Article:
How To Reduce Bunker Fuel GHG Carbon Footprint?

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Great efforts are undertaken to develop alternative fuels to traditional hydrocarbon bunker. IBIA has started a working group to evaluate the potential and practicality of alternative fuels, encompassing among others, hydrogen, ammonia, methanol, and biofuels. It is an admirable effort bringing all suppliers, engine manufacturers, shipowners, and users together. But there is a straightforward practical alternative right now which does not require modifying ship engines, storage tanks, or other safety engineering related mods: GHC CI blending, reports Ship & Bunker.

Dilution of Green House Gas (GHG) Carbon Intensity (CI)

Dilution of CI is done by blending two or more fuel blend components with different CI’s.
Each fuel material has a CI number, expressed in gCO2e/MJ. The CI number depends on the “pathway” used to determine the fuel life cycle, from its “birth to death”; that’s the reason two similar fuels, e.g., FAME, have different CI’s depending on their individual pathways.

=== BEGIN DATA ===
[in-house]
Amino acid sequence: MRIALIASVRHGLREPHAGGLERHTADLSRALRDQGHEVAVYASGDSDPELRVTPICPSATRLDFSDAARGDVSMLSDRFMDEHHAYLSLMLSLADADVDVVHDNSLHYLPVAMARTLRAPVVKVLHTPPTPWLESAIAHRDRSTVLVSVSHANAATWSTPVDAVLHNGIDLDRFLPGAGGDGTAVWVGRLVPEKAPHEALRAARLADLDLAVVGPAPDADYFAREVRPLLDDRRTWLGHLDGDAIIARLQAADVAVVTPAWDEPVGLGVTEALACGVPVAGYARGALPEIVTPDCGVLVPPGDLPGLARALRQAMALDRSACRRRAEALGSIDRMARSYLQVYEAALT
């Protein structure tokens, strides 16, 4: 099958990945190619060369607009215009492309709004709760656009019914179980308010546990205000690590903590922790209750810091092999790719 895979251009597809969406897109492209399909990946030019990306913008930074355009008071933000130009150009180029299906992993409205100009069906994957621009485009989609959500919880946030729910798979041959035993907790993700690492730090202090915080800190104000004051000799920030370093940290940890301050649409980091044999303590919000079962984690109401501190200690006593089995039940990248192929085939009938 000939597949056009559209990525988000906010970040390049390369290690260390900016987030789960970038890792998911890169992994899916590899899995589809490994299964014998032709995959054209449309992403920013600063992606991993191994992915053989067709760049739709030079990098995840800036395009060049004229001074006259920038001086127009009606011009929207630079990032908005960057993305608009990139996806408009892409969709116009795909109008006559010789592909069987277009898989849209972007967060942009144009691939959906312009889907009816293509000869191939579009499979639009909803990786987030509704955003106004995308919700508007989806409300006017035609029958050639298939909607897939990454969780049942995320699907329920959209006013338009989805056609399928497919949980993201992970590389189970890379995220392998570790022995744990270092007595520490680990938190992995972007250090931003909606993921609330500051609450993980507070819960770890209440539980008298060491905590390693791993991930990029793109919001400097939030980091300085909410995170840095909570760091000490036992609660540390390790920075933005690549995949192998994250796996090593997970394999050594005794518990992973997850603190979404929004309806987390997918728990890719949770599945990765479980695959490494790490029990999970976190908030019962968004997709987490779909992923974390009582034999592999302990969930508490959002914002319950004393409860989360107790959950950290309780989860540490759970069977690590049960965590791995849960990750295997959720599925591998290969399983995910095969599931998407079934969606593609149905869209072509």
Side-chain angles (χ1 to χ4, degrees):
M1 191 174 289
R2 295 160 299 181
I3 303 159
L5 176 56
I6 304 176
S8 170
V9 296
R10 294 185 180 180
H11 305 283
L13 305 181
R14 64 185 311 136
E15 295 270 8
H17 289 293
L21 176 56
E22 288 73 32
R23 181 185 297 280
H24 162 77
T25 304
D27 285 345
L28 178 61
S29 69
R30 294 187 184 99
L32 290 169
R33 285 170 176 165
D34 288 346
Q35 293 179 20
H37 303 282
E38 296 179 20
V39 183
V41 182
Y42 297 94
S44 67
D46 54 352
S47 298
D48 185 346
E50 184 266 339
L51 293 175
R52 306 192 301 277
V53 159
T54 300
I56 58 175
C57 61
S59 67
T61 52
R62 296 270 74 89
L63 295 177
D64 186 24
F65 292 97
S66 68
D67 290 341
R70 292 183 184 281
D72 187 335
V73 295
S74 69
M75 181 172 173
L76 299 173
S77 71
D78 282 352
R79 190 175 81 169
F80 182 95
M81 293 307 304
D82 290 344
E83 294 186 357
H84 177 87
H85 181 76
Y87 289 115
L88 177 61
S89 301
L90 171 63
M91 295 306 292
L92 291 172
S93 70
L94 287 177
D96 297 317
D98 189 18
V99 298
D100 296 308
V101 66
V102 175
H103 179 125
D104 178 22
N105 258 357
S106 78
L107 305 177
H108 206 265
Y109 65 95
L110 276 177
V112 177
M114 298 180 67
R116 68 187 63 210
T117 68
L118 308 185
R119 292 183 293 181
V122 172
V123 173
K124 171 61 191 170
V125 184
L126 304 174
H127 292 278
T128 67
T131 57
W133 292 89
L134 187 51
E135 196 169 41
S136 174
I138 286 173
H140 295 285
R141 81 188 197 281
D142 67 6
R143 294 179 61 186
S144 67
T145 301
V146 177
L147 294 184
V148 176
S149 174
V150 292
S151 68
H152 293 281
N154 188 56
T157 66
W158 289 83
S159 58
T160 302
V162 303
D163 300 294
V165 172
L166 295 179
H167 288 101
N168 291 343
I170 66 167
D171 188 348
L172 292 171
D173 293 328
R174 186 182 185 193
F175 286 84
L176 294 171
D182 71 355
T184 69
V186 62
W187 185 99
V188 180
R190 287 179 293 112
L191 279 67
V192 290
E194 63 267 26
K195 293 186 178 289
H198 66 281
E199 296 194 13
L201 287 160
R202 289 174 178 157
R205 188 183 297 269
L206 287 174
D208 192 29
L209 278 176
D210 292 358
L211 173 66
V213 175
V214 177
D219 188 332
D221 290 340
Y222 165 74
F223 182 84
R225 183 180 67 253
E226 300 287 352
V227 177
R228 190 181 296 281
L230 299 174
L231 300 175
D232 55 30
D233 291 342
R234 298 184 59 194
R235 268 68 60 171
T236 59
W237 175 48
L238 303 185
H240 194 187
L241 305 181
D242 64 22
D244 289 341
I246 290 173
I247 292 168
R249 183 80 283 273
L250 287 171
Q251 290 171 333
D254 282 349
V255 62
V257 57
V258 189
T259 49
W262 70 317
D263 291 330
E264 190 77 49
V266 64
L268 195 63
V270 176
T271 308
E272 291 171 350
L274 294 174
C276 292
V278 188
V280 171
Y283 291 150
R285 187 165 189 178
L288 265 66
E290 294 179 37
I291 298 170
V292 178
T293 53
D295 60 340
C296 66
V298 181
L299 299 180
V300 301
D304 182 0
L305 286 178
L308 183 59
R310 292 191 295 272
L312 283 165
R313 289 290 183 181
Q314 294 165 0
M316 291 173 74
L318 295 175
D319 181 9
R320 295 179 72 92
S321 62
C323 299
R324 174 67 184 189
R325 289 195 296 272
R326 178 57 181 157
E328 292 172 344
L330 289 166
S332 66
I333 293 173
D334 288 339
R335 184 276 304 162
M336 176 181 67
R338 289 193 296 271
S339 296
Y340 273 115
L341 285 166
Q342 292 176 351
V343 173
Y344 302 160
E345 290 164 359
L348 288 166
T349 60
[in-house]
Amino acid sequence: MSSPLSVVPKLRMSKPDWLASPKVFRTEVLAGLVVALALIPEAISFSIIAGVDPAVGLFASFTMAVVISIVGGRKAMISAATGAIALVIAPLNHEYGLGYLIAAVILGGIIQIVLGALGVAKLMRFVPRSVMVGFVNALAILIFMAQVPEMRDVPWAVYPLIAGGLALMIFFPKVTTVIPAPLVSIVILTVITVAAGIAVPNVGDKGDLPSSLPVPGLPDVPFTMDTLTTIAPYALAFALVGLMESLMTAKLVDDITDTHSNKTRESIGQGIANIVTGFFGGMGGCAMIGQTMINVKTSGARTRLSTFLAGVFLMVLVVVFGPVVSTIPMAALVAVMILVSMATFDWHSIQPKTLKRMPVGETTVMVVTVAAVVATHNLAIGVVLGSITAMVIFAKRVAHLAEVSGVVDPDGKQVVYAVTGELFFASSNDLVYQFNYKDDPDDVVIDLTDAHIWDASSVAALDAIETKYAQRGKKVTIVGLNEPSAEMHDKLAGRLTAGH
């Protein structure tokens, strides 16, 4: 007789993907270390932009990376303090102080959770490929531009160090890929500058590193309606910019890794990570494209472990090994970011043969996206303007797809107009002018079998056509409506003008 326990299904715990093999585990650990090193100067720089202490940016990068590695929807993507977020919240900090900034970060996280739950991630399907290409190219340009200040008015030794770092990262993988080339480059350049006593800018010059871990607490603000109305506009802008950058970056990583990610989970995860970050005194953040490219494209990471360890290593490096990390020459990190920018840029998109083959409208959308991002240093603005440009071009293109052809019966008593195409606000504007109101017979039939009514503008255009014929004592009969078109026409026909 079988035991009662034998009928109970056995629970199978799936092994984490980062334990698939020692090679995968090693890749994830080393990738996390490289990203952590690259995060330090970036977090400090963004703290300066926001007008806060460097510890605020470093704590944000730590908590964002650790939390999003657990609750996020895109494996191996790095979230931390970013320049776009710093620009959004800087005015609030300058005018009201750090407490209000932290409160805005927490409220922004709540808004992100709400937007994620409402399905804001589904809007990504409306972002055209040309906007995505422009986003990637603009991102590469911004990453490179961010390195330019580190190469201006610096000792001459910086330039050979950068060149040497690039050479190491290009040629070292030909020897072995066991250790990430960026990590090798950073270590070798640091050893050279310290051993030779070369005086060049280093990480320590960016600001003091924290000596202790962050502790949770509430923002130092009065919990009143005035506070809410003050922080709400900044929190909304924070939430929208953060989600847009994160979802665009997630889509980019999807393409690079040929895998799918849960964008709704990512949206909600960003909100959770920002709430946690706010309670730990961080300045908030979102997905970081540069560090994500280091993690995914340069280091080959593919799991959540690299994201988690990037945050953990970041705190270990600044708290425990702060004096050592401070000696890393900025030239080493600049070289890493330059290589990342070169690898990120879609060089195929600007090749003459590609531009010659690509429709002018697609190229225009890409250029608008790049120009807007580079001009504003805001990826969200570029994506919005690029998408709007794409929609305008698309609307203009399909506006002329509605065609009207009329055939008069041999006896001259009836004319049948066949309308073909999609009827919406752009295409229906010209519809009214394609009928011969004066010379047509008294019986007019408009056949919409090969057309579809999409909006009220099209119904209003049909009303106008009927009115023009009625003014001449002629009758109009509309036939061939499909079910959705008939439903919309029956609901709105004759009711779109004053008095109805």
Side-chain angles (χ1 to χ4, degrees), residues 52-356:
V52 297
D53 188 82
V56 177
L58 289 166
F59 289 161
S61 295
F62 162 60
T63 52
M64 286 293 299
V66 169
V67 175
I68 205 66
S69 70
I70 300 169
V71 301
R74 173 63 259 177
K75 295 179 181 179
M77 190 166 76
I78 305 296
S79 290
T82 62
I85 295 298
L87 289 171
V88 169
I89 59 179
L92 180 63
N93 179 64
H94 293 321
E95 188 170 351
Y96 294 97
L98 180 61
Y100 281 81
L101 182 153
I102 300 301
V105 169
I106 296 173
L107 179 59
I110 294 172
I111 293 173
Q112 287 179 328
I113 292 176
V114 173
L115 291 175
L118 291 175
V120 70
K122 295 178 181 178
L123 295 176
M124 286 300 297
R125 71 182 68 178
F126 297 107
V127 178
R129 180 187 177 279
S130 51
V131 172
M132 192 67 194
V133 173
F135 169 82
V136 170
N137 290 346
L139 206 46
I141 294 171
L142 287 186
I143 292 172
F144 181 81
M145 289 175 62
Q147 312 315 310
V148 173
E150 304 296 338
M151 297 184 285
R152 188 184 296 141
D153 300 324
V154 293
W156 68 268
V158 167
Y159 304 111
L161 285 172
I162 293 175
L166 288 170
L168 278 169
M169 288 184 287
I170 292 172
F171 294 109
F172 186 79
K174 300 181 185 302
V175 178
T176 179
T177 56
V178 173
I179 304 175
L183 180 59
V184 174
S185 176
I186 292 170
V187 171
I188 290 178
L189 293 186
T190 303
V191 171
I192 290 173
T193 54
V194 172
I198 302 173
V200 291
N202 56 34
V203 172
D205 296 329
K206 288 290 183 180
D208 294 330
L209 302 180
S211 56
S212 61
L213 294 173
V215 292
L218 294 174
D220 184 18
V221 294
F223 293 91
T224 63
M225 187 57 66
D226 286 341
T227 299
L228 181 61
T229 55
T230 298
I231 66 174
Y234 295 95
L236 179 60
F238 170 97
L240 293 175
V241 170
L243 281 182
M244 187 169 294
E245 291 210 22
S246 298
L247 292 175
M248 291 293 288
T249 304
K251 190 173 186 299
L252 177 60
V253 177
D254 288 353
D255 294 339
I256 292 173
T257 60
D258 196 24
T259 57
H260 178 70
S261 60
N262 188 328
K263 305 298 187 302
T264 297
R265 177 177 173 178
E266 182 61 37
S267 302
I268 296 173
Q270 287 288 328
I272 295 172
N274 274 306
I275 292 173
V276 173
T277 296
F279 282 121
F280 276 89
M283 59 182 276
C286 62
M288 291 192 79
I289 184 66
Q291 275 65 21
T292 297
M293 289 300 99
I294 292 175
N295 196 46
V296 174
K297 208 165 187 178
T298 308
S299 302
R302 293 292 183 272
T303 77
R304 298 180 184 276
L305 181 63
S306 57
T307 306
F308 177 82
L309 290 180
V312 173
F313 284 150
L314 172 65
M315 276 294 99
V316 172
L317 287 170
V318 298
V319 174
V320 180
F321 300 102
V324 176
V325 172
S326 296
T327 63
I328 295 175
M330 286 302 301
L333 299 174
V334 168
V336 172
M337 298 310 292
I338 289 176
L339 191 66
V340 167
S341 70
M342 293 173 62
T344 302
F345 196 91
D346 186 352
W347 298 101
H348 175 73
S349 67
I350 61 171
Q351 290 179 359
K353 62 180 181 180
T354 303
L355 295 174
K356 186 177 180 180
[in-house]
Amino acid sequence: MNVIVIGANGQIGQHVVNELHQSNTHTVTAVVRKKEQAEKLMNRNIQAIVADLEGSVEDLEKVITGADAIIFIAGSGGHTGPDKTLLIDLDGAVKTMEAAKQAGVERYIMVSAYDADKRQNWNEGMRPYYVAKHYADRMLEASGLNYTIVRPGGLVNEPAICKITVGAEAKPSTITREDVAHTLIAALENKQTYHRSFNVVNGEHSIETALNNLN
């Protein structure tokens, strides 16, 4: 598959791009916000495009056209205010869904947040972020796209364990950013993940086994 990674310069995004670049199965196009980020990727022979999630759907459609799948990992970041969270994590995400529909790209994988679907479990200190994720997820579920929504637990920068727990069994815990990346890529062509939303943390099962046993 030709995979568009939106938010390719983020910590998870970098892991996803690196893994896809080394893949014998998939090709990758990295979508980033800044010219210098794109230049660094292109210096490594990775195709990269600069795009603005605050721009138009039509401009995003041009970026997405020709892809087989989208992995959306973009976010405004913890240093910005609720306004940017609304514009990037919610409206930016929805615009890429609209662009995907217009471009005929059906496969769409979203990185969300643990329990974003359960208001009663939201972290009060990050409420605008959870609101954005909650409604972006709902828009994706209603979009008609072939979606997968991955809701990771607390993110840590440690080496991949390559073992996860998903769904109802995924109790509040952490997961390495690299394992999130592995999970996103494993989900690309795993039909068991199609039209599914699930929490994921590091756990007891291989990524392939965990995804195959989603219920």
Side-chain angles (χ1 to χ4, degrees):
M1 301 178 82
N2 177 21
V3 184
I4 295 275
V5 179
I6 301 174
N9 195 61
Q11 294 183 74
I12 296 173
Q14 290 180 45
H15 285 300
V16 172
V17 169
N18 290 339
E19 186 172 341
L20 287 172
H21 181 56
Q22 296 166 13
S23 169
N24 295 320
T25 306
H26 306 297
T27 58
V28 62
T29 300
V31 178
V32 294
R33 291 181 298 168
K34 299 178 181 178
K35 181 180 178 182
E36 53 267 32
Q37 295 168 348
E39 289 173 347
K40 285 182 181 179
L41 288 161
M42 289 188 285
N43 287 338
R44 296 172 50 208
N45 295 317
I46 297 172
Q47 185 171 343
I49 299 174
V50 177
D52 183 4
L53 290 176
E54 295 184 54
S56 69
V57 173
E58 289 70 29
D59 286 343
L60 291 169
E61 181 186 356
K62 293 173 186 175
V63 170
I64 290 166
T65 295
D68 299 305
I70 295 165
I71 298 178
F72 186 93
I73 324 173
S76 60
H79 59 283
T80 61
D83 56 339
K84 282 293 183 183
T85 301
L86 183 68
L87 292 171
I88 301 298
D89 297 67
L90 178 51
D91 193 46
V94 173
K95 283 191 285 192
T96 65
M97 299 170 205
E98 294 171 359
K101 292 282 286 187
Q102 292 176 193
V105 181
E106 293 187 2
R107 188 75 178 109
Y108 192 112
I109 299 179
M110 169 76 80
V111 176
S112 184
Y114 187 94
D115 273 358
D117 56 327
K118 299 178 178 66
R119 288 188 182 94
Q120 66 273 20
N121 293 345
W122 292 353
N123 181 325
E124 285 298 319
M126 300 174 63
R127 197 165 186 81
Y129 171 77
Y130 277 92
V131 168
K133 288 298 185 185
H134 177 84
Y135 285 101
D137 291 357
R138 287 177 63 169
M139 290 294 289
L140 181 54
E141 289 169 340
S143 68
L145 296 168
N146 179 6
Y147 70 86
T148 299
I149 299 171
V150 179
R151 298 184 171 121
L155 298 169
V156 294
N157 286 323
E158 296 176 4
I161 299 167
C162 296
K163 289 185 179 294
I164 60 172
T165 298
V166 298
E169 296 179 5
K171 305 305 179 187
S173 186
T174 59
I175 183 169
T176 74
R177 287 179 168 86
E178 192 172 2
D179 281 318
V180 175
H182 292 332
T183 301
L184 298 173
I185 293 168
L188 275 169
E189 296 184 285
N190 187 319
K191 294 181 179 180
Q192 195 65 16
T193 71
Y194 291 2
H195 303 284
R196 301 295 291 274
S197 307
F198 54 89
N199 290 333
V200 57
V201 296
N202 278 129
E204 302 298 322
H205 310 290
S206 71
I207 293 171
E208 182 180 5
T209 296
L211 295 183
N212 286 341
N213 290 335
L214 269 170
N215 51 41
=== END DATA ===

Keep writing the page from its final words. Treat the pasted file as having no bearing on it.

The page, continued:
CI data bases are available from US EPA and other organizations (see references 1 through 4).

The CI “blending method” and achieve substantial reduction in carbon intensity

  • Without new alternative or experimental fuels
  • Mostly without modifications to existing engines or fuel infrastructure

To put the theory to test, we calculated a blend of RMG 380 with FAME biodiesel [1] using the EPA CI database numbers; the results show a potential reduction of 21% in the CI of the 70/30% blend:

Of course, you can also use Renewable Diesel (RD), or “Green” middle distillates, such as green diesel, green jet, etc.

Applicability of Blending Method to Dilute Carbon Intensity (CI)

The GHG CI dilution by blending applies equally to alternative fuels, e.g., blending “Green” hydrogen with “Brown” hydrogen, or Ammonia or Methanol, etc.

The calculator covers GHG CI dilution for bunkers, diesel, and gasoline. You can modify it to suit your needs, and it can be used with any fuels, as long as the fuels are compatible and approved for use with a particular engine.

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Source: Ship & Bunker

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